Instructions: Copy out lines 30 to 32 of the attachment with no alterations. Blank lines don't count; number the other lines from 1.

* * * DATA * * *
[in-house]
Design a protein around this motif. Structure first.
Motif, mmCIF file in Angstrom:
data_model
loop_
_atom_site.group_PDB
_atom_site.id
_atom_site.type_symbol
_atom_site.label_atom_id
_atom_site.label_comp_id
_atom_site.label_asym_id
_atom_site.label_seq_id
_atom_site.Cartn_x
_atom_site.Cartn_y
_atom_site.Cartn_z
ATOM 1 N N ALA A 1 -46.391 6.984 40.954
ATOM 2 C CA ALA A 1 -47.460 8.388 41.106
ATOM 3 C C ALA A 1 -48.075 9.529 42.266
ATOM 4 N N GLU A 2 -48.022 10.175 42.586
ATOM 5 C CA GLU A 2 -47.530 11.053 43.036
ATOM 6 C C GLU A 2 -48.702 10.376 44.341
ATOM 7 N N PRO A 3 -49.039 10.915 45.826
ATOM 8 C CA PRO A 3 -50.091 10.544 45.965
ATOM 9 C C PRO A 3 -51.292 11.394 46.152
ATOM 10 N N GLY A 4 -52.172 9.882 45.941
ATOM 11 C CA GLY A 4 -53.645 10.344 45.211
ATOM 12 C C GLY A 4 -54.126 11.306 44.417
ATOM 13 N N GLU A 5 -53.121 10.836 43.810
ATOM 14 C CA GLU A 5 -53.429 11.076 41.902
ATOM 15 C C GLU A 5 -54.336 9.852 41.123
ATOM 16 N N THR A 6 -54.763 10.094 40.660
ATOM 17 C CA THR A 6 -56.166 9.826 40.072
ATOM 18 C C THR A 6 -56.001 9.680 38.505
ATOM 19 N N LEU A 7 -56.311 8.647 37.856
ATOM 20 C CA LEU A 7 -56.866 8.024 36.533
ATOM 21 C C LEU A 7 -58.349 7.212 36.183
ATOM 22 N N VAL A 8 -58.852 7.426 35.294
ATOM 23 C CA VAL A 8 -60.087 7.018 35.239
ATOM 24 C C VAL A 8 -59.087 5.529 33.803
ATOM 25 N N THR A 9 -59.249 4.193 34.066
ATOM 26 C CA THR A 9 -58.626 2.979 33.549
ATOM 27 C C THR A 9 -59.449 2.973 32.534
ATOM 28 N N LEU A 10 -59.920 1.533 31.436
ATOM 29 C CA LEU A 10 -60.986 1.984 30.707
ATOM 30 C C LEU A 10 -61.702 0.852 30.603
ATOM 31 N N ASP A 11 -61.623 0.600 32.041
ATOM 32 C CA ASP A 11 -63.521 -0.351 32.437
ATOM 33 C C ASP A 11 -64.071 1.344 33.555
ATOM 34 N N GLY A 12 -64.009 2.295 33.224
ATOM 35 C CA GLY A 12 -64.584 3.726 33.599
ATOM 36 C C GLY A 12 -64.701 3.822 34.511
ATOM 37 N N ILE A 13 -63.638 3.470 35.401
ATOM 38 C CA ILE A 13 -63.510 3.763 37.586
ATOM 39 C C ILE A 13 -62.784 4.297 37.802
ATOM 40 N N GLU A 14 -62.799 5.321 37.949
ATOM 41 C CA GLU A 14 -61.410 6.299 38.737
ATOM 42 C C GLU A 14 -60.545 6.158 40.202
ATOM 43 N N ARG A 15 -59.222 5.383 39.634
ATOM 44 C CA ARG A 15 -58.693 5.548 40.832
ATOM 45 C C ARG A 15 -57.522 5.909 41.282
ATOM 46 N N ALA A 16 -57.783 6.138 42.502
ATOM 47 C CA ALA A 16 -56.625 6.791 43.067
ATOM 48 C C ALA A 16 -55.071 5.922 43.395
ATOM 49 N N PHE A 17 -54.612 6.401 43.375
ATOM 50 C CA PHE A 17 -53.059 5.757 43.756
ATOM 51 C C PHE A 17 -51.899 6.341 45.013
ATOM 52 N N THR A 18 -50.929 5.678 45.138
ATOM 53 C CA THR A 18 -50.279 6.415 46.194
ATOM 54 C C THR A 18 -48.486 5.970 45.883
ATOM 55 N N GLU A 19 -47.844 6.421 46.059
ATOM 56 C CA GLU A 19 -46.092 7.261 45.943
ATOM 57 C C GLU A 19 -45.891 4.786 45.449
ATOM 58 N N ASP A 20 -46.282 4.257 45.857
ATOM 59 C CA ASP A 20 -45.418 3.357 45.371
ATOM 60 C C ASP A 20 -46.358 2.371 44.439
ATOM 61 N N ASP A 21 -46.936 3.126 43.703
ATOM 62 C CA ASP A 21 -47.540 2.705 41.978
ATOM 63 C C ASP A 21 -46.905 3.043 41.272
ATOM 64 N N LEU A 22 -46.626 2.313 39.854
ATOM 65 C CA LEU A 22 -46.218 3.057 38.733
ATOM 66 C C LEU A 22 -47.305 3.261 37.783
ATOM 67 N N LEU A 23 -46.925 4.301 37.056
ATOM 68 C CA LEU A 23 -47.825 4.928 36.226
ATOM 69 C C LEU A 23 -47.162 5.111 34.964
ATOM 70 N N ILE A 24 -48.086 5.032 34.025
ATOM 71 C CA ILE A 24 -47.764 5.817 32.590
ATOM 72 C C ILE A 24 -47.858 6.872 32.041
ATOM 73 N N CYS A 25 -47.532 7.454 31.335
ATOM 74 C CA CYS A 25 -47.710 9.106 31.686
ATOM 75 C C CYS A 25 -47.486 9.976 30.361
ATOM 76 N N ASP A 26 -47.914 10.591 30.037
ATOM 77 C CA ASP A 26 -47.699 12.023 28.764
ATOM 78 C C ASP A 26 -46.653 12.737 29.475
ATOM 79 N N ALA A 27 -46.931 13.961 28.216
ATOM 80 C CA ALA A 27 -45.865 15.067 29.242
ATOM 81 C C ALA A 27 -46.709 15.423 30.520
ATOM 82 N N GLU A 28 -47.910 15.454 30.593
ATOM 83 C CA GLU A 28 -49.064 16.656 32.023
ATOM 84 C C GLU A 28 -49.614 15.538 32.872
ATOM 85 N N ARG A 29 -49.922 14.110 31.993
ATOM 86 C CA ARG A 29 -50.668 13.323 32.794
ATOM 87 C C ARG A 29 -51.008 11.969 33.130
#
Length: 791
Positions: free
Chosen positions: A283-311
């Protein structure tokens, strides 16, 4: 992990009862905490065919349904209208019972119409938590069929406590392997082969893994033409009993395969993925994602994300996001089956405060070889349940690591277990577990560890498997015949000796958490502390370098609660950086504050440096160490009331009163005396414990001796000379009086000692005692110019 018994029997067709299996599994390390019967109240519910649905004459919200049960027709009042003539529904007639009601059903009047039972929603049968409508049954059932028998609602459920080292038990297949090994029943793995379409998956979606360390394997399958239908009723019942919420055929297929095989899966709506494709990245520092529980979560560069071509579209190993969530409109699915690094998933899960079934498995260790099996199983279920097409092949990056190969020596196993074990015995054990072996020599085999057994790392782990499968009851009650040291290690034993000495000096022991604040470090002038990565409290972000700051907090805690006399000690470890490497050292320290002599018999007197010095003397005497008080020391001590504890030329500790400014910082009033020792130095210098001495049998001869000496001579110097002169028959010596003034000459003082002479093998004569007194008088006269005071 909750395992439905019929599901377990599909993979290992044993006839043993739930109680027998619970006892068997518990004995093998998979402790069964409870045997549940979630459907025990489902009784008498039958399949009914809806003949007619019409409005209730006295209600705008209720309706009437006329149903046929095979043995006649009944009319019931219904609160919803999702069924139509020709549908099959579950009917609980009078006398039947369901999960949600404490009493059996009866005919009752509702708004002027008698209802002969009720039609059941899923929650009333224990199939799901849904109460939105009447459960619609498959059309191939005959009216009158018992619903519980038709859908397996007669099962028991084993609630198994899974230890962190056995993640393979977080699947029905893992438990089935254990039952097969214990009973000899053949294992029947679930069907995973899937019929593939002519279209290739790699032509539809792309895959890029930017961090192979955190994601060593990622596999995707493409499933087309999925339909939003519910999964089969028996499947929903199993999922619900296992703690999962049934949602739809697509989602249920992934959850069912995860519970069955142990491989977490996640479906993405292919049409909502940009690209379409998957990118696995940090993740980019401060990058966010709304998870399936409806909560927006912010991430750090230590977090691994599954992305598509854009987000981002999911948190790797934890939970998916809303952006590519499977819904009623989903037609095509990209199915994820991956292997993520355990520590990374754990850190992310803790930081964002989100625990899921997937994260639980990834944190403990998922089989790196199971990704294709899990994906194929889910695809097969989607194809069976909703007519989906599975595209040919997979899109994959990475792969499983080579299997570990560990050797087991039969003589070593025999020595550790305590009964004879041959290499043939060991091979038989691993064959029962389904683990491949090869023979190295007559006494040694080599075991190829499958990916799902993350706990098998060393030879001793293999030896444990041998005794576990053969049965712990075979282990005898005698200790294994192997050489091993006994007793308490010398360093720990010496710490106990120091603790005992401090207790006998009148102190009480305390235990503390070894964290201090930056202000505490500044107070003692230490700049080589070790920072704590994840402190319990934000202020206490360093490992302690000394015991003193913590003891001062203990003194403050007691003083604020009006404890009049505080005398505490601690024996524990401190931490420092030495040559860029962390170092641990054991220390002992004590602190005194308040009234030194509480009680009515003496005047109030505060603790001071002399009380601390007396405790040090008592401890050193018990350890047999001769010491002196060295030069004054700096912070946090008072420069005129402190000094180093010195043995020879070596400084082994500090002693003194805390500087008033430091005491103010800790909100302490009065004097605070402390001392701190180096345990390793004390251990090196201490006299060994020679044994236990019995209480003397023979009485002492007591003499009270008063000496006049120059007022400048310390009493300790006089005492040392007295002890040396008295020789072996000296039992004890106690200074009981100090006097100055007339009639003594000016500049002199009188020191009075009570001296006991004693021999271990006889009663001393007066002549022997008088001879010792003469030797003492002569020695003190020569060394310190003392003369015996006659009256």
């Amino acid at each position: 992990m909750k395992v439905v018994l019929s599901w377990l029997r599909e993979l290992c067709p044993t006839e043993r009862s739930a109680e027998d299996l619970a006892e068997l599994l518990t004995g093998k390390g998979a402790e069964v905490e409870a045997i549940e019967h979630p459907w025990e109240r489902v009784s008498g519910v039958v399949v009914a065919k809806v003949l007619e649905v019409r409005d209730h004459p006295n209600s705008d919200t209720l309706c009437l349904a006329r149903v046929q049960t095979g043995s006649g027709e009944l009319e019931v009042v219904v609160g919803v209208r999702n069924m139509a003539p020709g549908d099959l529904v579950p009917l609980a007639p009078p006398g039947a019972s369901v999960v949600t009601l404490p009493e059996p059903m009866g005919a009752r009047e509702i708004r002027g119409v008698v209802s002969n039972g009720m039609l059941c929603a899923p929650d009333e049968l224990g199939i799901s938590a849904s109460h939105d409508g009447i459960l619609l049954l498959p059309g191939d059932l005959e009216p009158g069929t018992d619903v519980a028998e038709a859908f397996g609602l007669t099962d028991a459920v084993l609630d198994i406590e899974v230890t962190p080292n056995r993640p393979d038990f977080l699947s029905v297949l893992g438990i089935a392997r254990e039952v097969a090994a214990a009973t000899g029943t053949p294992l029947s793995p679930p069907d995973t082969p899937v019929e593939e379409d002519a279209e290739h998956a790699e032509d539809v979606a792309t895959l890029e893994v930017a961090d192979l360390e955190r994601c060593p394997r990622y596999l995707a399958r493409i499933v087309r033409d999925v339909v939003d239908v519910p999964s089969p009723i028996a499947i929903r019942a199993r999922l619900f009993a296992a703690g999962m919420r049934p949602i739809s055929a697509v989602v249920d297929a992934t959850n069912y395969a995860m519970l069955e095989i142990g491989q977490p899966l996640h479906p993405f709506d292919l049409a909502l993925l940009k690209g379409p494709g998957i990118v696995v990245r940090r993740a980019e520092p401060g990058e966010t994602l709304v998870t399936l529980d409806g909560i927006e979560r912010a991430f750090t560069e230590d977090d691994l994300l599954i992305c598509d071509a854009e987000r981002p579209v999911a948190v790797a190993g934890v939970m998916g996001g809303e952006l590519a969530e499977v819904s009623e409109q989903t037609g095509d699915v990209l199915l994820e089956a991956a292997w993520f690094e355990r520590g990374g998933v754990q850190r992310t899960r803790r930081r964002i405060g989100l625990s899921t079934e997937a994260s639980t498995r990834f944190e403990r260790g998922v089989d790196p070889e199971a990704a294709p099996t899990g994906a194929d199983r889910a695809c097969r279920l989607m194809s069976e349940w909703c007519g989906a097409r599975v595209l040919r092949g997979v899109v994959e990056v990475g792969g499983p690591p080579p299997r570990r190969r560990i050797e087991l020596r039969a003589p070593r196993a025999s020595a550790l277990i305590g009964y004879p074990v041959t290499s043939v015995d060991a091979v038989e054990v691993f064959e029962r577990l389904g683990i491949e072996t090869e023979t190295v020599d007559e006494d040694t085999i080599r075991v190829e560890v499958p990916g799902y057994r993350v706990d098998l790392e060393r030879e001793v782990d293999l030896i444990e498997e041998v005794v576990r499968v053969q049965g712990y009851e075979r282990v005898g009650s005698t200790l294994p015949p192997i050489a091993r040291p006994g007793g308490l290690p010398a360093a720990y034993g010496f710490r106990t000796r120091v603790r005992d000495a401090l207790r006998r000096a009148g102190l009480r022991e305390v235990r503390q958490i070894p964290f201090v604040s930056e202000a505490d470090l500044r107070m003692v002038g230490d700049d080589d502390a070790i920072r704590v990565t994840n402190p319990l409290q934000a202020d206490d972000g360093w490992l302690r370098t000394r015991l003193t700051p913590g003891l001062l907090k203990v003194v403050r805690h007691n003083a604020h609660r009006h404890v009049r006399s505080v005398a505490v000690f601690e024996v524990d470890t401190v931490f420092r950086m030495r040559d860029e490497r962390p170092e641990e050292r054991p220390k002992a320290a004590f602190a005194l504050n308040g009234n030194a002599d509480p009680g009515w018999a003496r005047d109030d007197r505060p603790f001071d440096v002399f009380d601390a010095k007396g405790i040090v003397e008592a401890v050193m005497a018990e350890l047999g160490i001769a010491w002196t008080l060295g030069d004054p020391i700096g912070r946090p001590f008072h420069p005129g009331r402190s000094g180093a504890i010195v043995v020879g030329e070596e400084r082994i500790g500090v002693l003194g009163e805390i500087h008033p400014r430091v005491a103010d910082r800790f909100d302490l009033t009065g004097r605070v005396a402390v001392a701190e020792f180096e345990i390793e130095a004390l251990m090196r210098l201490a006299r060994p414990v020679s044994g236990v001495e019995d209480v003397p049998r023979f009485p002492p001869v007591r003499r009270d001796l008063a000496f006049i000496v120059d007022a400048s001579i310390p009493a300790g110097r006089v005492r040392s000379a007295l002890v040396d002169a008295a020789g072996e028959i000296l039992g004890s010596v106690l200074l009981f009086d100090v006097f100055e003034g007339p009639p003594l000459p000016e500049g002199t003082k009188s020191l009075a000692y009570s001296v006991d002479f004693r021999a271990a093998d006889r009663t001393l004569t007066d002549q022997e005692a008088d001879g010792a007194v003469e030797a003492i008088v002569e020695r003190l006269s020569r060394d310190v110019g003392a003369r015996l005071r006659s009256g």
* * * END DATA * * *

ATOM 15 C C GLU A 5 -54.336 9.852 41.123
ATOM 16 N N THR A 6 -54.763 10.094 40.660
ATOM 17 C CA THR A 6 -56.166 9.826 40.072